Michael Lind wrote for the National Review about how Republicans have a rare chance to reshape American politics:
Donald Trump won the presidency in an upset victory largely because of his appeal to the white working class in a number of industrial states that have been reliably Democratic for years. His denunciations of Chinese mercantilism and U.S. transnational corporations that offshore jobs to low-wage countries resonated strongly in the parts of the South and the Midwest where most U.S. manufacturing is concentrated — while shocking defenders of the bipartisan orthodoxy in favor of unrestricted globalization and mass immigration. Trump’s astonishing success shows the potential in American politics for a party of industry.
Since the 1990s, the Republican and Democratic establishments alike have shared the view that the U.S. should shed “old” industries such as manufacturing to other countries, in order to specialize in “knowledge industries” such as software and social media that employ a college-educated “creative class.” The declining share of employment in the goods-producing economy, as a result of automation and offshoring, makes this view superficially plausible.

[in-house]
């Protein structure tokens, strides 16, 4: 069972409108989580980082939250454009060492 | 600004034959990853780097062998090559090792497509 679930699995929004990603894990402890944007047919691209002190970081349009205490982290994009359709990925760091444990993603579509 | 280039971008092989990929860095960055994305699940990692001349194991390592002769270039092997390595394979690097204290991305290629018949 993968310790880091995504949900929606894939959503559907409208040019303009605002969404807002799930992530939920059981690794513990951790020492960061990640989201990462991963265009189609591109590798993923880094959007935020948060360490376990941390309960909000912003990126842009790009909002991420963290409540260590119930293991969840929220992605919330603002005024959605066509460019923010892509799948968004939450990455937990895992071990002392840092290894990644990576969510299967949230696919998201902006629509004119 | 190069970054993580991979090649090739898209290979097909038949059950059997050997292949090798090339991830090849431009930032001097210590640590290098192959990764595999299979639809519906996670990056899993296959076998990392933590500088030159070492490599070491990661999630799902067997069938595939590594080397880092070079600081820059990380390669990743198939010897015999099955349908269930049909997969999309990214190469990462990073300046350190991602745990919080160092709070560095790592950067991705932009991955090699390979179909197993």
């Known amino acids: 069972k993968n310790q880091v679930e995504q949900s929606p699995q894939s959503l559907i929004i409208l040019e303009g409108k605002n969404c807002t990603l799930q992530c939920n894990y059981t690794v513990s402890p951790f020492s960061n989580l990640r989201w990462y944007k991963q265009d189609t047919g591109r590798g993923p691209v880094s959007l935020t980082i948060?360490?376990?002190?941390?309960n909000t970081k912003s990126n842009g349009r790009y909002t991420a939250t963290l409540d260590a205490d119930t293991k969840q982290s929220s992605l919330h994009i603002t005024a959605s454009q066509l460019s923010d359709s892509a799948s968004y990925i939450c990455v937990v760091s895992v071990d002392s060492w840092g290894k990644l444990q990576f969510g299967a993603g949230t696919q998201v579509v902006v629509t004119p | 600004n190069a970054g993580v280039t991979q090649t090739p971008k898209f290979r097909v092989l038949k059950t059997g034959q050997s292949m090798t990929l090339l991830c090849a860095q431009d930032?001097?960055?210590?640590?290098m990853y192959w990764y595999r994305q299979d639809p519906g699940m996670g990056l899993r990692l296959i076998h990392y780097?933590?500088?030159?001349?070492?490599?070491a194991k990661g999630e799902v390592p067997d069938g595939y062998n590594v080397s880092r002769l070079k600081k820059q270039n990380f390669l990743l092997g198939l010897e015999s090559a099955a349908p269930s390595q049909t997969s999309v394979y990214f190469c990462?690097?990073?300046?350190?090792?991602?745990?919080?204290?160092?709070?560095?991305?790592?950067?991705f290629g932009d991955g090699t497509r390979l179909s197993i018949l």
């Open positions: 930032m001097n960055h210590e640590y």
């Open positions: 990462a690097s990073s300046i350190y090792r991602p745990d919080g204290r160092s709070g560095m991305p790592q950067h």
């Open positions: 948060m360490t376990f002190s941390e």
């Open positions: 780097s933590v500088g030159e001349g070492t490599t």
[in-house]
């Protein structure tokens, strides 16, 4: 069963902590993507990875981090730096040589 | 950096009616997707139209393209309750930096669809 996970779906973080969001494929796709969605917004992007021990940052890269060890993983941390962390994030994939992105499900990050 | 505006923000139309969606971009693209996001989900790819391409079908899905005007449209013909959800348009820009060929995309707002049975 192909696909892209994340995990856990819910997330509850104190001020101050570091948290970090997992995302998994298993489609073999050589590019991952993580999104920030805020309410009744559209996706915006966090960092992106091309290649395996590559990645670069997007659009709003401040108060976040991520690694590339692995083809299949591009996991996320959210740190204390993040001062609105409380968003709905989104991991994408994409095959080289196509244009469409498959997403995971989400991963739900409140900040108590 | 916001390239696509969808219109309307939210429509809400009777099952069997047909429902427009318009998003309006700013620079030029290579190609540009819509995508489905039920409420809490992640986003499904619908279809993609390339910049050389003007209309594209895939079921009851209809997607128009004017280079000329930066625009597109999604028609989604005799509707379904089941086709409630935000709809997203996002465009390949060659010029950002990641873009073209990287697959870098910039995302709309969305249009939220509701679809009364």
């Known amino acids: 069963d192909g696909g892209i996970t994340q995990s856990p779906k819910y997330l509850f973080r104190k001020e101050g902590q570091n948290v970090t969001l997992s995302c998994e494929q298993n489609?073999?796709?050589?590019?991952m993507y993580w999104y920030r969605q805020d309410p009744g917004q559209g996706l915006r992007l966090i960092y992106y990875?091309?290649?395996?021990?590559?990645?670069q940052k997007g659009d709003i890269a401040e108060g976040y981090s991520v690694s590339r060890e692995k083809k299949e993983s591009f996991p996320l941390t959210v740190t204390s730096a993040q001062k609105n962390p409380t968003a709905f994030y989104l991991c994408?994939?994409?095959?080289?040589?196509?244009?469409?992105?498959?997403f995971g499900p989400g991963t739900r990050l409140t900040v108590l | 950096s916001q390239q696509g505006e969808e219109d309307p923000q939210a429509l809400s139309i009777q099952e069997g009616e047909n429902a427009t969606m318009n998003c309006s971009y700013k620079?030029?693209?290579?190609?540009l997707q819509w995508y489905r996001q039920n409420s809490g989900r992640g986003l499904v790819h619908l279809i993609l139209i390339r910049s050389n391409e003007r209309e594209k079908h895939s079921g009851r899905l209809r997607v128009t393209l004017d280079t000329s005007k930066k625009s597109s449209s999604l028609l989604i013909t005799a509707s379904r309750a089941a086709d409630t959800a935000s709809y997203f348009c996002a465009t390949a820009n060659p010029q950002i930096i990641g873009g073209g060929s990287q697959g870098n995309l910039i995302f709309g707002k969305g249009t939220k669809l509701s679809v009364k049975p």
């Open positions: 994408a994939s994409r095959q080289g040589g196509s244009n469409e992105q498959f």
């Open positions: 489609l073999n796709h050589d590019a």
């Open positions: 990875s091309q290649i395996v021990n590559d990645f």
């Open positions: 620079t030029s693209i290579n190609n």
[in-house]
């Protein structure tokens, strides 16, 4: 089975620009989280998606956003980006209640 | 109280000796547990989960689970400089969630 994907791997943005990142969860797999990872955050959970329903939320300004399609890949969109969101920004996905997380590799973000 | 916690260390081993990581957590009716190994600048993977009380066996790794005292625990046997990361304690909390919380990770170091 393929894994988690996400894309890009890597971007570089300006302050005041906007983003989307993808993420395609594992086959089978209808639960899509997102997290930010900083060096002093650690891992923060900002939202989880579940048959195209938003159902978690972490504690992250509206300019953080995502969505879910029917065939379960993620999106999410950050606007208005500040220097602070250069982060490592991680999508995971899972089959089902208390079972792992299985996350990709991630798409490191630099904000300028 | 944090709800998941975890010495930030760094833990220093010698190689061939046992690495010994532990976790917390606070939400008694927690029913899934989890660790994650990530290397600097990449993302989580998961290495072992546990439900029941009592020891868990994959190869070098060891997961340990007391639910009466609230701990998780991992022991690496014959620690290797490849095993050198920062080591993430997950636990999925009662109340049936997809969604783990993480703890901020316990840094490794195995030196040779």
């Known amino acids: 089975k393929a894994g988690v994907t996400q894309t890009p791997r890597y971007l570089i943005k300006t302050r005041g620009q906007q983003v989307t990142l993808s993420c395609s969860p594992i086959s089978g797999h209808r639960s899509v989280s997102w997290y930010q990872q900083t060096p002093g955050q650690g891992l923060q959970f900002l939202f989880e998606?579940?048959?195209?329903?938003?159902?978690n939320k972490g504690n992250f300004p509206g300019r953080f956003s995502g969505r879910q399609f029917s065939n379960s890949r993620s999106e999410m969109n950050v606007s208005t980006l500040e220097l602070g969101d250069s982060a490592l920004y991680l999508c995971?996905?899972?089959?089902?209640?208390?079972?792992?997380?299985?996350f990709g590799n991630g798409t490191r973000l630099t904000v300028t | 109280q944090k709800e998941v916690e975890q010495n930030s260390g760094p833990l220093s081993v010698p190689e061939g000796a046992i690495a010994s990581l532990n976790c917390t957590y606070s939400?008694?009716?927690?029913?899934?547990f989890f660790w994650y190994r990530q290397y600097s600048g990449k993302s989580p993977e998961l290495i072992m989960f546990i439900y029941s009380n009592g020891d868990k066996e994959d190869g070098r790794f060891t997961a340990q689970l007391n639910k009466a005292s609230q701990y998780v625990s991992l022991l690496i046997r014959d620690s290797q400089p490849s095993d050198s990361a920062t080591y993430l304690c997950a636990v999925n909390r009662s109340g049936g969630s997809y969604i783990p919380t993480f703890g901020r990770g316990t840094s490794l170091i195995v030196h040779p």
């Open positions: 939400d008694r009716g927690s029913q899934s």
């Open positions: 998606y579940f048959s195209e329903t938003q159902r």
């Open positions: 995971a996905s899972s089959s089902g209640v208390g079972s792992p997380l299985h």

But the tradable sector — including manufacturing, industrial agriculture, energy, and minerals, and dominated by large firms and complex supply chains — is far more essential to American prosperity than its share of employment might suggest. A dollar’s worth of manufactured-goods sales generates $1.33 in output from other sectors of the economy — compared with 66 cents for retail and 61 cents for professional and business services.